The proverbial lemonade stand is an icon for America's free enterprise and entrepreneurship.
It's true, of course, that a kid could start with a few lemons, some sugar and ice, and a homemade stand and parlay that meager beginning into hundreds of dollars over the summertime.
But what if someone wanted to start a totally legal, taxpaying, ongoing, and (hopefully) profitable lemonade stand? Let's call it "Katie's Lemonade Stand."
Well, for starters you'd need a business plan that would look at costs, the market, pricing, licenses, taxes.
You would quickly discover you'll need a food-service license from Lucas County: $243.53 for the first year, which includes four inspections.
You'd need a bunch of lemons, and sugar, at wholesale - at the grocery, lemons typically run two for $1, but you can get about 140 of them wholesale for $32.50. Sugar is more expensive than it once was, but we found 25-pound bags for anywhere from $9.99 to $14.95.
An ice maker would be a good idea. Bags of ice cost $1 and up for 7 pounds, $3 and up for 22-pound bags, and ice doesn't last very long on hot summer days. We priced used ice makers at $400 up (eventually you might want a new one, costing well upwards of $1,000).
To prepare the merchandise, from left: a metal juicer, a sharp knife resting on the two-quart measure's lid, and the measure.
Naturally, if the business is going to be viable, you'd want good-quality equipment.
"You'd have to have a good, sturdy chef's knife," said Sharon Dela-Hamaide, owner of Kitchen Tools & Skills in Perrysburg. She recommended a serrated version at $19.95, plus a stainless-steel juicer for $17.50, and a large measuring cup that does double duty as a 32-ounce pitcher, for $17.
Oh, and you'll need a cutting board, but it could be an economical plastic one for just $3.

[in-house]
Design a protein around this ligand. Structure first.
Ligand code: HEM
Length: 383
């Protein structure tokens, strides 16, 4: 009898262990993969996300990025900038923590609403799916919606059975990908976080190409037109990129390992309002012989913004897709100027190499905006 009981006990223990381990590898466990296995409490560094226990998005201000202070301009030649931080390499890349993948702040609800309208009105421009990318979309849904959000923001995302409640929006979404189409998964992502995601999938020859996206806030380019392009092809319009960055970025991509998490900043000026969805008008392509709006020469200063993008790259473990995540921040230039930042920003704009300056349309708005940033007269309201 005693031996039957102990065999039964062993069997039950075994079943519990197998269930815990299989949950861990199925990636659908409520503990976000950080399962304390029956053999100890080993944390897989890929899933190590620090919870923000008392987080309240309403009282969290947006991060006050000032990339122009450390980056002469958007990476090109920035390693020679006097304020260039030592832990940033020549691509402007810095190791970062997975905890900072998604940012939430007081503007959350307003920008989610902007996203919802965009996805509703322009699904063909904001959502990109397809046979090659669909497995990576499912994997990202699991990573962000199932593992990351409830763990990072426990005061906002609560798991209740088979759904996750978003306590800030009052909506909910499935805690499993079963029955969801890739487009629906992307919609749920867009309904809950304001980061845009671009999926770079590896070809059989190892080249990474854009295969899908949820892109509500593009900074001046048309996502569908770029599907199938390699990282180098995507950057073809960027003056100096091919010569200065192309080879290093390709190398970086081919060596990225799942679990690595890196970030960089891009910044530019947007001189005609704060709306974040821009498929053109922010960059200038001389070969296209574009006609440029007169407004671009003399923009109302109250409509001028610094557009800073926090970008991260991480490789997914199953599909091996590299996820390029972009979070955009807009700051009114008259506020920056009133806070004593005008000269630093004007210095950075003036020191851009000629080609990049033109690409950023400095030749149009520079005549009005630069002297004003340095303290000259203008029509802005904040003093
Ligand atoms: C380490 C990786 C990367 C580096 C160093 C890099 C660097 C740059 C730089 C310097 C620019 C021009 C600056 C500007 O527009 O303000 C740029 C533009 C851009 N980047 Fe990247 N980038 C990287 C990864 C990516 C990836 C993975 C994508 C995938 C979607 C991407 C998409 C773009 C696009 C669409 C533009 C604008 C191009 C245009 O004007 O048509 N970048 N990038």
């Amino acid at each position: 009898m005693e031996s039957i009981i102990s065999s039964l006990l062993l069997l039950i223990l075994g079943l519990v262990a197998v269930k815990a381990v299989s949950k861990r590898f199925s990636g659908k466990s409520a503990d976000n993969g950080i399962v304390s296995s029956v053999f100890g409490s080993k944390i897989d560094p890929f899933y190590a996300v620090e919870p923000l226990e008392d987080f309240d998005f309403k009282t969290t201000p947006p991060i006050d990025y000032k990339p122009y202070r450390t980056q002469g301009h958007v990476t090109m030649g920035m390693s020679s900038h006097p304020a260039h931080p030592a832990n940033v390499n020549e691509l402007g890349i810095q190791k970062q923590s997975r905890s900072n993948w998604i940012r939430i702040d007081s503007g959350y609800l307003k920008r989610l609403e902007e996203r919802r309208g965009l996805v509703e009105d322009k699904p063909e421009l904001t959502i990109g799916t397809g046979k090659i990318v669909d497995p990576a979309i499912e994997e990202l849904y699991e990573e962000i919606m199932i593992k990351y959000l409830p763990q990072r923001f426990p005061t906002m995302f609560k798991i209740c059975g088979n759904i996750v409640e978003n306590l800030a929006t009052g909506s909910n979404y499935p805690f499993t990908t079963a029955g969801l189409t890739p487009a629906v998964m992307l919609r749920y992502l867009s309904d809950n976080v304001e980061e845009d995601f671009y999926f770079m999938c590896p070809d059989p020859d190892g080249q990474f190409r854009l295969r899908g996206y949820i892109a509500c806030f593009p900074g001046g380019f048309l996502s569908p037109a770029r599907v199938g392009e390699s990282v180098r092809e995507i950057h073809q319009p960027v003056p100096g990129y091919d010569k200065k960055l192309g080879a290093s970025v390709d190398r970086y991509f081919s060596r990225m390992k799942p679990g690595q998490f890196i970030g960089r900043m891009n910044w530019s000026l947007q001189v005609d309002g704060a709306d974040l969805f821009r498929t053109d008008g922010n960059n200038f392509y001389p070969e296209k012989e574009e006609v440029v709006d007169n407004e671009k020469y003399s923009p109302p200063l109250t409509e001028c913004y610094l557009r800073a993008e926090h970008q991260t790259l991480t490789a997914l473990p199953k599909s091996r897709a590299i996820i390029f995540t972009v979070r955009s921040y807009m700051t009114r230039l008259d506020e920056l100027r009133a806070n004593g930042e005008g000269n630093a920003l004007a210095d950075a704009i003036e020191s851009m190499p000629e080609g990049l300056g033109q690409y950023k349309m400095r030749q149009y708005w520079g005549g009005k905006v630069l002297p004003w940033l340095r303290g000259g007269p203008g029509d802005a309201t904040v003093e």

Now, you could probably get by with a homemade stand for a few days (until the neighbors complain). But for the longer term, you'd probably want to get permission to put Katie's Lemonade Stand in a business place or commercial building.
For one thing, the Lucas County Health Department enforces Ohio's food-safety code that requires, among other things, proper sinks for cleaning equipment and a facility for food servers to wash their hands.
Enough space for a stand, or kiosk, could be rented at Erie Street Market for $8 to $10 a square foot, so 125 square feet would cost $1,000-plus for a year, plus electricity, said Peter Kepler, general manager of the market. Mr. Kepler noted that eventually, a permanent structure for the stand would be needed, requiring a city building permit ($127 minimum fee). The structure itself could cost hundreds, or more likely thousands, of dollars.
If the entrepreneur made a deal with a soda-pop distributor to sell pop, too, he said, the distributor might throw in a free fountain, with ice maker. But, of course, that would require another permit, a $20 pop licence from the city.
Before opening Katie's Lemonade, you'll want to register the name with Ohio's secretary of state (for a $50 fee) and get a Toledo tax ID number.
You'll be reporting profit and losses to the city (2.25 percent tax on profits) and to the Internal Revenue Service, which will require a Schedule C or C-EZ.
And you'll be collecting and paying sales tax of 6.75 percent to Ohio - lemonade is a non-food item under the state's definitions, so tax is charged whether it's takeout or consumed on premises.
So what's the price for Katie's Lemonade? You'll have 35 to 40 cents of direct costs tied up in a 16-ounce cup of lemonade, twice that much for a 32-ounce version. Can you charge $2, $3, or more?
For that answer you need to do some due diligence research, said Aggie Dahar, senior adviser for the Small Business Development Center operated by the Toledo Regional Chamber of Commerce.
Research is needed on costs of raw materials and equipment, regulations, and the demographics of the local market, she said. A key question, she said, is: "What is the benefit to someone who is purchasing? Without a benefit, no one will buy."
Ms. Dahar said, "Most people are overwhelmed [when they see a business plan]. They don't realize a business plan goes into such depth." She added that about half of prospective entrepreneurs decide not to pursue it when they discover the work that lies ahead.
She prepared a six-page outline for our mythical lemonade stand that also would serve as a guide for nearly any food-service business. For a copy of it, e-mail me.
Our estimated start-up costs of about $800 for an ongoing, viable lemonade stand do not include cleanup supplies, liability insurance, a cash register, legal or accounting work, worker costs, banking charges, or such amenities as more expensive plastic cups with a "Katie's Lemonade" logo.
So, perhaps a lemonade stand is not your cup of tea?
But maybe on this Fourth of July you're thinking of starting some sort of business. Good for you. Lots of folks are ready to help.
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